Farmer Focus: Turnout headaches during lambing after wet weather

We’ve had our busiest month ever with direct sales. We think some customers are coming to us because many local butchers are selling less lamb, as there’s just not enough margin in it for them.

It’s great to see farmers finally getting a good price for their lamb. Sometimes we think it might be easier – and maybe more profitable – to sell everything deadweight and avoid all the extra costs and work that direct selling creates.

Then we remind ourselves that prices are not fixed, and these could drop.

See also: How lambing data helps closed flocks run smoother

About the author

Louise Elkington
Louise Elkington runs 500 breeding ewes in Lincolnshire with husband Chris for their Gelston lamb brand, supplying restaurants, 13 Co-op stores and their online shop. They have 54ha of grass on a farm business tenancy and agreements for stubble turnips and hay aftermaths.
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Indoor lambing is done and dusted. Only a couple of shearlings lambed a week after a three-week lambing period.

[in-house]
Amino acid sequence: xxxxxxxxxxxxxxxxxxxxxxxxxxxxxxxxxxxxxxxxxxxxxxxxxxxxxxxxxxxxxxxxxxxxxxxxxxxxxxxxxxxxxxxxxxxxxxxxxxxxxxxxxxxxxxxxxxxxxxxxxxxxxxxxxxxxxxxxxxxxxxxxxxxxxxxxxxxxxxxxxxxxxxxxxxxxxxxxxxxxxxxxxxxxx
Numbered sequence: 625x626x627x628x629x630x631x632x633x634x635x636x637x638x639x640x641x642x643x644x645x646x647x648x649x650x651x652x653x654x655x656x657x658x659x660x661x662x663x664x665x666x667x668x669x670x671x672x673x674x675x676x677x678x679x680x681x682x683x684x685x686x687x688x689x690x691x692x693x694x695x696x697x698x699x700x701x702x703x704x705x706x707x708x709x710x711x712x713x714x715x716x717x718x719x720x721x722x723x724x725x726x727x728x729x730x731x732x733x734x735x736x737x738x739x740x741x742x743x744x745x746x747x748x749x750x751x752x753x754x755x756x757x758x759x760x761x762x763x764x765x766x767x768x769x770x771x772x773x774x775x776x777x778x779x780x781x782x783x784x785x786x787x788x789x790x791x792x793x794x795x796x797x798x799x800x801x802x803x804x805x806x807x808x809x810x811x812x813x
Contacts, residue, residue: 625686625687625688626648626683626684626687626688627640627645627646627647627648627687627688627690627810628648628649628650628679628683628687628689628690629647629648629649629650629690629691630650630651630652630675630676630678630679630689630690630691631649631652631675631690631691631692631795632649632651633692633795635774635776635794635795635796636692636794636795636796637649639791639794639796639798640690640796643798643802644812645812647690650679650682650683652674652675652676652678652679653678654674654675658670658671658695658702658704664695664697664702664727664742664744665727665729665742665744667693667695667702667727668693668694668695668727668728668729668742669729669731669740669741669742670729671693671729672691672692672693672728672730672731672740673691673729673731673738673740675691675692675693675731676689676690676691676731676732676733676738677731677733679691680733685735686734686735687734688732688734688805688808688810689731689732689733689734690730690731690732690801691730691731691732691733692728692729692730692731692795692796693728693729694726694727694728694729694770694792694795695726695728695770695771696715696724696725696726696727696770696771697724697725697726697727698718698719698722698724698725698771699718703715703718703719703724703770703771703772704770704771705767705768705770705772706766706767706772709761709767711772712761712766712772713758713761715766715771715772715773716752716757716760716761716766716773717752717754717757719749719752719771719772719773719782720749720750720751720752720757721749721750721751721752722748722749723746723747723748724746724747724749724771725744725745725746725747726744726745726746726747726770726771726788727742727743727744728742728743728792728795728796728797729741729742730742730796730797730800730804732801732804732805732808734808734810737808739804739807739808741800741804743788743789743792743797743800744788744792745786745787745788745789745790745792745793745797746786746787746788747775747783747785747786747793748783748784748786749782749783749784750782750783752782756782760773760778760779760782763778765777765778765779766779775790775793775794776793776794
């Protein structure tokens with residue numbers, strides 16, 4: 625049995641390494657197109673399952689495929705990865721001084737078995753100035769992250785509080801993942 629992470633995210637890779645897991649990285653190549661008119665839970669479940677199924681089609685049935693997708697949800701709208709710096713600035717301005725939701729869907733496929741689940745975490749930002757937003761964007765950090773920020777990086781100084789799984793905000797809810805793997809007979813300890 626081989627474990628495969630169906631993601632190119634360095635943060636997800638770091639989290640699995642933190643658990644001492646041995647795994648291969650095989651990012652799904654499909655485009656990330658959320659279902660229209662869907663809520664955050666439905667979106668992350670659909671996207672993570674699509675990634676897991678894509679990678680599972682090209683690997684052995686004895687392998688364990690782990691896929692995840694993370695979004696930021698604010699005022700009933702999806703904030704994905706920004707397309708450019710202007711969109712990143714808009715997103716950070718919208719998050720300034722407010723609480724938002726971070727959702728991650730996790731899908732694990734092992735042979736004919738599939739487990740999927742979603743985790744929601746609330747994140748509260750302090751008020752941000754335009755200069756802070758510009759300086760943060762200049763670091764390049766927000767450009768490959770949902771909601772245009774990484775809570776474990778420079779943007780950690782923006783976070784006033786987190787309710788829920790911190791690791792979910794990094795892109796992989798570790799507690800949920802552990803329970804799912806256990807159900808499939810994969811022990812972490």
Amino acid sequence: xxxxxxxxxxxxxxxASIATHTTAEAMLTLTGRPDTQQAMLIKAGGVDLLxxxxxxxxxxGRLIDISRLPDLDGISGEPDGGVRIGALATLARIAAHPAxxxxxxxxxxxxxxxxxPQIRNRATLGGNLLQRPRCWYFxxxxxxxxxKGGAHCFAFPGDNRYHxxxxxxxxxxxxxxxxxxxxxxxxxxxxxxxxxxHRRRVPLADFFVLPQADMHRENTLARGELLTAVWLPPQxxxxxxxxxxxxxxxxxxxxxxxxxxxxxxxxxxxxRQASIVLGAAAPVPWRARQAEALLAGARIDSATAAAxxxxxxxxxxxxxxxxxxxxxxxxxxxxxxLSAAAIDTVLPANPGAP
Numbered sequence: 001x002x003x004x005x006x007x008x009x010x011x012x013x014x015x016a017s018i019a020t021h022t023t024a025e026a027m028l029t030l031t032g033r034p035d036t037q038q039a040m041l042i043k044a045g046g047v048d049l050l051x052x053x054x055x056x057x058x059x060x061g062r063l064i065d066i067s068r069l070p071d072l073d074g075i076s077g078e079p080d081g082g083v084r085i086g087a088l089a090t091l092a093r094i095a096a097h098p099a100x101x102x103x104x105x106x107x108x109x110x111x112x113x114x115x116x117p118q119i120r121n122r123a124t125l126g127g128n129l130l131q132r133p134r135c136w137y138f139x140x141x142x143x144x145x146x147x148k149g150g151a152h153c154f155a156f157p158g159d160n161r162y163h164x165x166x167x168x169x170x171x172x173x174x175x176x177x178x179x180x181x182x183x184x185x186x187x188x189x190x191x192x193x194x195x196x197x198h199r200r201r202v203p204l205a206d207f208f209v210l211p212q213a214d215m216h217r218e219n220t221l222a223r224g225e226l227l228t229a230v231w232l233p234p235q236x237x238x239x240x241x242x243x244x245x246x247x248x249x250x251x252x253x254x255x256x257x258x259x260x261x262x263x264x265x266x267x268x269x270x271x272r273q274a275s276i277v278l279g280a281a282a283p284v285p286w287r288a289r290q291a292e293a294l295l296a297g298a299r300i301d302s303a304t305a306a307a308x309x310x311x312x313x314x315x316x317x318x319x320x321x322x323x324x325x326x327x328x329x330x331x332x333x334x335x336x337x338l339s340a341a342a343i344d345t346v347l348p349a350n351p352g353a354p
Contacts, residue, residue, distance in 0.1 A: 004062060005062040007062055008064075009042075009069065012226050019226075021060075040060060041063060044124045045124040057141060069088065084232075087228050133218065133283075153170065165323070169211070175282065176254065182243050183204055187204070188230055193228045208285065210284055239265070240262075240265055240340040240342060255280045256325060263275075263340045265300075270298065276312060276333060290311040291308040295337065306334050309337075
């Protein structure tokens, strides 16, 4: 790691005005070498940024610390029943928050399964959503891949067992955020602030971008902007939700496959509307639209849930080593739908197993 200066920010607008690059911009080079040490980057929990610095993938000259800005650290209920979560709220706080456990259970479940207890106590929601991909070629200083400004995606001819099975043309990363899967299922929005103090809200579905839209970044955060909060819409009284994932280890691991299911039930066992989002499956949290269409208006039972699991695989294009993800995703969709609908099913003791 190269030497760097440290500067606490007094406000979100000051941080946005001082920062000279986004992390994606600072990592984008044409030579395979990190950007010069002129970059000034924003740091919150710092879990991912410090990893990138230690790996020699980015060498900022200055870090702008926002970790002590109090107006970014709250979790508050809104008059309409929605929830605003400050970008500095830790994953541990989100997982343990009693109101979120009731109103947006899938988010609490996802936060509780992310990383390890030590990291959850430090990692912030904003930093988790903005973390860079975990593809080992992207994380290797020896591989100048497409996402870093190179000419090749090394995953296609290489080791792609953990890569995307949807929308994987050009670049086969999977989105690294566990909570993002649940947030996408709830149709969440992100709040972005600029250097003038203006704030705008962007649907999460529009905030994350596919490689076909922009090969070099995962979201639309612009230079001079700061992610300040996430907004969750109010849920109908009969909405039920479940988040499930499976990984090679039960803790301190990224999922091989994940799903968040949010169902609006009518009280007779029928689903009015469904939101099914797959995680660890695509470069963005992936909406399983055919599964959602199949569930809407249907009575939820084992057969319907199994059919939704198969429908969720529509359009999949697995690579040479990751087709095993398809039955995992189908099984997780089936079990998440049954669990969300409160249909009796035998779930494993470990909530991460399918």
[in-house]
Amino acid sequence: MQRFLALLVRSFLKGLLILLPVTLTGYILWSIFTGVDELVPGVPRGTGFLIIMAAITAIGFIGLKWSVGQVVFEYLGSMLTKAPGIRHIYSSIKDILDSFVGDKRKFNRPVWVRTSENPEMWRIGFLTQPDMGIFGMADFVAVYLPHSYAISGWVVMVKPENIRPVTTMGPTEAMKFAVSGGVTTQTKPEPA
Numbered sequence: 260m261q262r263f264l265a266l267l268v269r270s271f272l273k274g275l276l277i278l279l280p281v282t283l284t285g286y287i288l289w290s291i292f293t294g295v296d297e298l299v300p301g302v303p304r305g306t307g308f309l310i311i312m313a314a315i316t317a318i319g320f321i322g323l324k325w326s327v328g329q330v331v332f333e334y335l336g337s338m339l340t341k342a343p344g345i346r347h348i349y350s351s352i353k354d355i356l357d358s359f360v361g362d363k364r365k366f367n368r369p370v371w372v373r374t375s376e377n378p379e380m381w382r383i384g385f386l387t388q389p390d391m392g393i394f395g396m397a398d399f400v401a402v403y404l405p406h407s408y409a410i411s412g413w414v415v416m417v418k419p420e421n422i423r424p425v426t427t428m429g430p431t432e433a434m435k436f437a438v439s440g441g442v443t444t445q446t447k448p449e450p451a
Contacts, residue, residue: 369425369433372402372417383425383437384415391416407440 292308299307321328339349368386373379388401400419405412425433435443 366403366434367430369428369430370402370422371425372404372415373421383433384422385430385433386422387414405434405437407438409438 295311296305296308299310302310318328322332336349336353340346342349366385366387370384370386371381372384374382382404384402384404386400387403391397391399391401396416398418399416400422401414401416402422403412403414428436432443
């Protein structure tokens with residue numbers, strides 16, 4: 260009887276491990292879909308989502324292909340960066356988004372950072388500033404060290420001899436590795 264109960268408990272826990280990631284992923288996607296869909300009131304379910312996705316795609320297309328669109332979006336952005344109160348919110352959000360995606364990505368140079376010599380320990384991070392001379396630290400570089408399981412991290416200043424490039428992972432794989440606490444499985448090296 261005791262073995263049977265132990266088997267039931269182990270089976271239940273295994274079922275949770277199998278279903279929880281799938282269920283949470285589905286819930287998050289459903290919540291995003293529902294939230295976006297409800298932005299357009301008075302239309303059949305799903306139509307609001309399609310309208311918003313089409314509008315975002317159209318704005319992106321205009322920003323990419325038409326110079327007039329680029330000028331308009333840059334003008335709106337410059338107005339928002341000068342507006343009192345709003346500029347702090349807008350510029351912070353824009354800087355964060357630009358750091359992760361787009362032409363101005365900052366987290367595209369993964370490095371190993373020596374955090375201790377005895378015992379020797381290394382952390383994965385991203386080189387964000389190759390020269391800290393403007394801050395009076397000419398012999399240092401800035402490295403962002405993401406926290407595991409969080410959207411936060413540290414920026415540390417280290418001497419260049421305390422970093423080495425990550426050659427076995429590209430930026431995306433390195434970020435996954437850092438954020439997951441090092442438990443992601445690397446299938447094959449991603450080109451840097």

Lambing went well: losses were at 6%. Ewes have had plenty of milk and we had only one case of watery mouth. We religiously muck out and lime individual pens after every ewe, which we think is worth the extra work.

The turnout fields were so wet (and still are), which made life hard. We had to keep ewes and lambs housed in pens a little longer than we would normally, just so they were a bit stronger.

However, we believe they do better outside, and staying inside too long can cause other problems. Despite this, the lambs look well and seem to be coping better than the shepherds.

We are now straight into lambing the outdoor-lambing flock of 250 ewes, which all go to maternal sires (either Aberfields or Highlanders from Innovis).

We started off slightly earlier than planned, with a few shearling twins that each lost one lamb, but now we are in full swing everything is going much better. They are good, strong lambs, up and suckling quickly.

We tag and record all our lambs once they have been cleaned off and have a belly full of milk. I think recording data has helped us improve our flock.

Anything that hasn’t mothered its lambs well gets moved to the indoor flock for a last chance, and we cull out ewes that have had lambs with poor growth rates. It takes a little extra time, but it’s definitely improved flock performance.